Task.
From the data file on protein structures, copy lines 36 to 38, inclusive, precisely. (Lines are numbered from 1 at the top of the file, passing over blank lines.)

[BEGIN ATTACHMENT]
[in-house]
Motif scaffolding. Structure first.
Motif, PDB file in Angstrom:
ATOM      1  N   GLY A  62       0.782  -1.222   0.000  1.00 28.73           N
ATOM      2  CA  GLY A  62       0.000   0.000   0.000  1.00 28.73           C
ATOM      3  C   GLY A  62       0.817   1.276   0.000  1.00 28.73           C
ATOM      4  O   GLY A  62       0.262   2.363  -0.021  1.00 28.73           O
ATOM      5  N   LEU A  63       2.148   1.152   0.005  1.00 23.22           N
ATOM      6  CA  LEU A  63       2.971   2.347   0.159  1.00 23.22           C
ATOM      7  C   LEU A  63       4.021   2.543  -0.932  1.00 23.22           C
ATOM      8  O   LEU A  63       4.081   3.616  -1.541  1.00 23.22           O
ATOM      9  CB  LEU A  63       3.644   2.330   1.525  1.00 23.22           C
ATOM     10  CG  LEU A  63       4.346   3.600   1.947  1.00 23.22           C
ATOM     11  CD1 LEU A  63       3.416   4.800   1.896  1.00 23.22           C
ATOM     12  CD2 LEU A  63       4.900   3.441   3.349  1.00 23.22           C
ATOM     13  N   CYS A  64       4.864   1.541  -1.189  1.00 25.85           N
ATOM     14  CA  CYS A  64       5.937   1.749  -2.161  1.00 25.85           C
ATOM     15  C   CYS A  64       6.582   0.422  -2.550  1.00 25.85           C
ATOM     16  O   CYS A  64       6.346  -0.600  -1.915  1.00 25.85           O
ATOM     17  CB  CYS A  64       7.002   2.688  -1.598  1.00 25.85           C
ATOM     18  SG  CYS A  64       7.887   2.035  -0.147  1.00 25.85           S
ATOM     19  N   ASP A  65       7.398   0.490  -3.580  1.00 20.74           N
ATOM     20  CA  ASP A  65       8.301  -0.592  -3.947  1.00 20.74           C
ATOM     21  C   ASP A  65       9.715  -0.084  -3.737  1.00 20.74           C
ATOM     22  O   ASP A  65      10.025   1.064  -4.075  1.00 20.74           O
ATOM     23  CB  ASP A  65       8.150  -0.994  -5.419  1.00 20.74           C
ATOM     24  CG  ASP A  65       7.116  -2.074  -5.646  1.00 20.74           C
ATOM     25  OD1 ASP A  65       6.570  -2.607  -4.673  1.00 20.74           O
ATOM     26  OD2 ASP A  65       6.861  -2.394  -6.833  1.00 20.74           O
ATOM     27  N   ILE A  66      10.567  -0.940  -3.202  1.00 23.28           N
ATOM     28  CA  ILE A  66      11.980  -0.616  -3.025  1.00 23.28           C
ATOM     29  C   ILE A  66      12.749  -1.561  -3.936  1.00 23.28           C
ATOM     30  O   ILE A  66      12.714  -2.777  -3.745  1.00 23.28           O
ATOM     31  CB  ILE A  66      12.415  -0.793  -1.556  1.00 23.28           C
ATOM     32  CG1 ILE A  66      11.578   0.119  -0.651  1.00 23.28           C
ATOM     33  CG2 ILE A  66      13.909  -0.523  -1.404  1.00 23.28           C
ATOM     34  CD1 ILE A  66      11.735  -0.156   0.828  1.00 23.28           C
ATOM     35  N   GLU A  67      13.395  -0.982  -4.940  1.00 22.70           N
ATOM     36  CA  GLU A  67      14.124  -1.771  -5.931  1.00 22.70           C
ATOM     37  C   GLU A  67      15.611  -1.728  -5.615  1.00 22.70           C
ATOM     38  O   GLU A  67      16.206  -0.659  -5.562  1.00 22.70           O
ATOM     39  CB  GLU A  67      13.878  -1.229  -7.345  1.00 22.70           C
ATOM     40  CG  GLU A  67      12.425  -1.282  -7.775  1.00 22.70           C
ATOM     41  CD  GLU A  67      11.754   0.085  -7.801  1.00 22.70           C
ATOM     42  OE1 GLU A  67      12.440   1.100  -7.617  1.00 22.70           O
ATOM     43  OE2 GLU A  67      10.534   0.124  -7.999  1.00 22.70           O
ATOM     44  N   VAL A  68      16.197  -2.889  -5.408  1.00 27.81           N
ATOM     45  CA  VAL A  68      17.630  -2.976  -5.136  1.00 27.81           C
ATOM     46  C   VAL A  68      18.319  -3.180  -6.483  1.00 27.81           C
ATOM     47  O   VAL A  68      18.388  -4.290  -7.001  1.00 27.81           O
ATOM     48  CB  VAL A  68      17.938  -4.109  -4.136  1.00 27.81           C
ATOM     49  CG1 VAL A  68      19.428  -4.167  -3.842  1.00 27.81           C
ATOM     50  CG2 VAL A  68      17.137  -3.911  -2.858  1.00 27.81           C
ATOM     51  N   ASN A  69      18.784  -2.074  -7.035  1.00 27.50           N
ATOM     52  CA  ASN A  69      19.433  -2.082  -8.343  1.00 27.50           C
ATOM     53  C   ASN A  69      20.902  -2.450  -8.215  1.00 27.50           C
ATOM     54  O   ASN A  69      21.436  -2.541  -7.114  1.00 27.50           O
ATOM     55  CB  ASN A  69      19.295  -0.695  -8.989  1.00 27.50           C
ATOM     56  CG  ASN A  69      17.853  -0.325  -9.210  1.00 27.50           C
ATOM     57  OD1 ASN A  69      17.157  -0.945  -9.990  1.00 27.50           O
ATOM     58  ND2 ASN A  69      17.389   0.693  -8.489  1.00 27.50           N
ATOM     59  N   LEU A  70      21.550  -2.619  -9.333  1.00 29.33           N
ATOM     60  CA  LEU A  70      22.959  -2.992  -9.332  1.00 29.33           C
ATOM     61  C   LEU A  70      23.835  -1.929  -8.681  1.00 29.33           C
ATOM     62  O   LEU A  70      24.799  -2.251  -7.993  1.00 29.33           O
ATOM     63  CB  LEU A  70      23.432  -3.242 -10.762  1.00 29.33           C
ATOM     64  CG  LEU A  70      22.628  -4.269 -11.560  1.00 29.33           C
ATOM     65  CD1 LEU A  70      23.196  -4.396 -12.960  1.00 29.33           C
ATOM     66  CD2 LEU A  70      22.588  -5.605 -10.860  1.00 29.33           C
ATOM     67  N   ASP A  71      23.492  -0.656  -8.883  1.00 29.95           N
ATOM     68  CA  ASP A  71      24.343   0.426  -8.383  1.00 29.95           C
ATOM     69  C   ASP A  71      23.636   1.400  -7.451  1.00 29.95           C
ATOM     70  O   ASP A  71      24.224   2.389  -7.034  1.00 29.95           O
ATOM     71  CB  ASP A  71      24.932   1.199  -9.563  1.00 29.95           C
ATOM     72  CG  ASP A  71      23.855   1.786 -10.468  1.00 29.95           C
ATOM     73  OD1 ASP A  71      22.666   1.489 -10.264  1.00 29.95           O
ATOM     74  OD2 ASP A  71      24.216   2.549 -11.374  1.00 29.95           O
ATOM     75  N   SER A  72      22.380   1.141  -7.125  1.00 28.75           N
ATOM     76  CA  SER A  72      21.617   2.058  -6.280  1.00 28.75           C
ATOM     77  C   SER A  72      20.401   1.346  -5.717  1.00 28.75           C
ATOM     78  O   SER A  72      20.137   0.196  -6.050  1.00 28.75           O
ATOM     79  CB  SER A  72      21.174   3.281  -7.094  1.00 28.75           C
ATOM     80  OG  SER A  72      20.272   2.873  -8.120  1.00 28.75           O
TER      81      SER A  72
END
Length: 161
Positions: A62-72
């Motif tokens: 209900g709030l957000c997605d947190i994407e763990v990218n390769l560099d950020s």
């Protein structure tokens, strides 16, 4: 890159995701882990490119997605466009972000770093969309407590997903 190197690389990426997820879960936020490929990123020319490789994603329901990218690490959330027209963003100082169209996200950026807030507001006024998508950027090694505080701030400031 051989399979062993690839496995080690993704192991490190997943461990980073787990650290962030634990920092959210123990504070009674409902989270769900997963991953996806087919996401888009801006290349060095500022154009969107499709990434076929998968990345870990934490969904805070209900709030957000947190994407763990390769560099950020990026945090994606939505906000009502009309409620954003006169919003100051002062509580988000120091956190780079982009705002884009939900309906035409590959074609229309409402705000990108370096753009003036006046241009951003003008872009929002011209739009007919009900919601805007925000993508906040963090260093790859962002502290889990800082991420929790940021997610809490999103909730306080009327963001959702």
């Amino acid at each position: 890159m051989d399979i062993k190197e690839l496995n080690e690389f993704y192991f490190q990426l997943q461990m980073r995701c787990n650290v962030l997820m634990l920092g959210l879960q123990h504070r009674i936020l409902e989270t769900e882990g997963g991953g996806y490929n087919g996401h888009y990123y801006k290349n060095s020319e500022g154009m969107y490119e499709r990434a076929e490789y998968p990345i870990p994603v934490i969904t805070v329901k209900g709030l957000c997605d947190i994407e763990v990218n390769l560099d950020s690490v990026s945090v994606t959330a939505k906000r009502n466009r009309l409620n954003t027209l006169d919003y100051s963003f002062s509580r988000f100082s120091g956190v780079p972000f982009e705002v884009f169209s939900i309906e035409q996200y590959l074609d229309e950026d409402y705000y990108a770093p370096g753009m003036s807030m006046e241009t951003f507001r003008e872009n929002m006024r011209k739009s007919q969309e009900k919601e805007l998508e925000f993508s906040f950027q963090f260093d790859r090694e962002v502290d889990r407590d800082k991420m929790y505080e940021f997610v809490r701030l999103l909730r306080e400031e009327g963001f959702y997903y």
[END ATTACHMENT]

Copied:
ATOM     33  CG2 ILE A  66      13.909  -0.523  -1.404  1.00 23.28           C
ATOM     34  CD1 ILE A  66      11.735  -0.156   0.828  1.00 23.28           C
ATOM     35  N   GLU A  67      13.395  -0.982  -4.940  1.00 22.70           N